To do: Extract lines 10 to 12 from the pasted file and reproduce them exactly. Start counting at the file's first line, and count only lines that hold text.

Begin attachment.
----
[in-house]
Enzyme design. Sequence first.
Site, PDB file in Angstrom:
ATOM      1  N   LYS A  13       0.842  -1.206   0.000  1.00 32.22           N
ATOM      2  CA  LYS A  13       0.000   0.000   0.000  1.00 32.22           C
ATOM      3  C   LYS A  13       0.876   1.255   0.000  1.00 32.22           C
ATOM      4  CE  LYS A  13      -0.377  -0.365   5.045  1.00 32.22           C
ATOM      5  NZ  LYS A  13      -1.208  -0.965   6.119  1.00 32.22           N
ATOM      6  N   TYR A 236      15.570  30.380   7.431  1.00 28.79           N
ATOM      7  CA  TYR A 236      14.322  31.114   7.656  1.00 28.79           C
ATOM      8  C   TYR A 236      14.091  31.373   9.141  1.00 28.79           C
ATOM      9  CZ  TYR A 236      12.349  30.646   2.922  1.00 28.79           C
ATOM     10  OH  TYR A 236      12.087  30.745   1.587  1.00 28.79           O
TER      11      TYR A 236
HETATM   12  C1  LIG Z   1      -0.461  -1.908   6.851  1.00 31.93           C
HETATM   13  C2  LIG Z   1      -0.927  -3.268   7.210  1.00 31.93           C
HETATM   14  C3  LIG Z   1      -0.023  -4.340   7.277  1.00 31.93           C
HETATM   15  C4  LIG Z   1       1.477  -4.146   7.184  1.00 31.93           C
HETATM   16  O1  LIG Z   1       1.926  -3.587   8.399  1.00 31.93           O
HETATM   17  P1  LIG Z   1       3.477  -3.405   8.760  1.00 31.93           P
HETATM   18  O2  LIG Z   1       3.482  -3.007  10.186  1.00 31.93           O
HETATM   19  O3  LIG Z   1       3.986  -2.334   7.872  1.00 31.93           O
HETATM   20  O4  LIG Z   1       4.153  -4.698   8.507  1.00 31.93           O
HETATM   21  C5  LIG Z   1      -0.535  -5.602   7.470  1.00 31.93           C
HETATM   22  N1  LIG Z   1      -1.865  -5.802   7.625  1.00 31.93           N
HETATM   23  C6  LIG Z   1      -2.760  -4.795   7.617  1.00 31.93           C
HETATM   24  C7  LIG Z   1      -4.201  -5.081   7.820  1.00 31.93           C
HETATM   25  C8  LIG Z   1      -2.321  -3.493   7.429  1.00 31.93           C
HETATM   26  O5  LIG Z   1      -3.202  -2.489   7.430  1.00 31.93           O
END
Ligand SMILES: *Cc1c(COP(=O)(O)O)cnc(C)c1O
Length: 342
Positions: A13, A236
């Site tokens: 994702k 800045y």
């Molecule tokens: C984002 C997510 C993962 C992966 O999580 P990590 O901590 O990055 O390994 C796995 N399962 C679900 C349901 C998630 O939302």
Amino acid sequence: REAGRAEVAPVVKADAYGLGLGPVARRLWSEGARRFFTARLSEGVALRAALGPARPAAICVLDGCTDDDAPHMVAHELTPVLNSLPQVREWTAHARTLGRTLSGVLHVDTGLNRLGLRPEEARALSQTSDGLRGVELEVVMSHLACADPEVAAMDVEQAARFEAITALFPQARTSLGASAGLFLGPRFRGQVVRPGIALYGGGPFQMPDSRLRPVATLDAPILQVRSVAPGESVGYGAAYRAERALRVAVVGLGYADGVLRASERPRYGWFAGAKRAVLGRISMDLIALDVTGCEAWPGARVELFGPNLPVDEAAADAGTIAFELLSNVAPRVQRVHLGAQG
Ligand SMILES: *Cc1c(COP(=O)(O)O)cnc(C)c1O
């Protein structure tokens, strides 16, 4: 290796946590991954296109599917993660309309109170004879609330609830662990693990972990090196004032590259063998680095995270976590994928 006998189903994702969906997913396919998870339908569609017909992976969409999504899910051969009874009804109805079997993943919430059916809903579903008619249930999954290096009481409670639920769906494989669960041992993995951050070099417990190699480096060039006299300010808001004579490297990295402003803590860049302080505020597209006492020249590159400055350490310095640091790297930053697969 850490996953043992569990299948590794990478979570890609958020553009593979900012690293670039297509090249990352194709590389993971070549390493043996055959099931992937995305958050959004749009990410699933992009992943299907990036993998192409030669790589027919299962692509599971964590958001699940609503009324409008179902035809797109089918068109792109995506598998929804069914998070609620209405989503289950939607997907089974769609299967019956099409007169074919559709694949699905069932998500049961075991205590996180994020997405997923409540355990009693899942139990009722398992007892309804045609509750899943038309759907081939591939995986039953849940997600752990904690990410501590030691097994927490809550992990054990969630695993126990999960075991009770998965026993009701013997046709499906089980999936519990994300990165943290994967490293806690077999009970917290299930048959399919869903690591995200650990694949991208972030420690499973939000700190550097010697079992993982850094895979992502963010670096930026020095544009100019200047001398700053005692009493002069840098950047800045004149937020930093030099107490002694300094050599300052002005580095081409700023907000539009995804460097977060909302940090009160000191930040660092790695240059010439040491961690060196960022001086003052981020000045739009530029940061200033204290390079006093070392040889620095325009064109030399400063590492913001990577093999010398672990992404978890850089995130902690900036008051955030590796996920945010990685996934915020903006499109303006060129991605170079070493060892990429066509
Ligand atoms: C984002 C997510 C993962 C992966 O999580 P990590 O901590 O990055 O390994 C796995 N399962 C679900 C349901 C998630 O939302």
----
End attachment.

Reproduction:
ATOM      7  CA  TYR A 236      14.322  31.114   7.656  1.00 28.79           C
ATOM      8  C   TYR A 236      14.091  31.373   9.141  1.00 28.79           C
ATOM      9  CZ  TYR A 236      12.349  30.646   2.922  1.00 28.79           C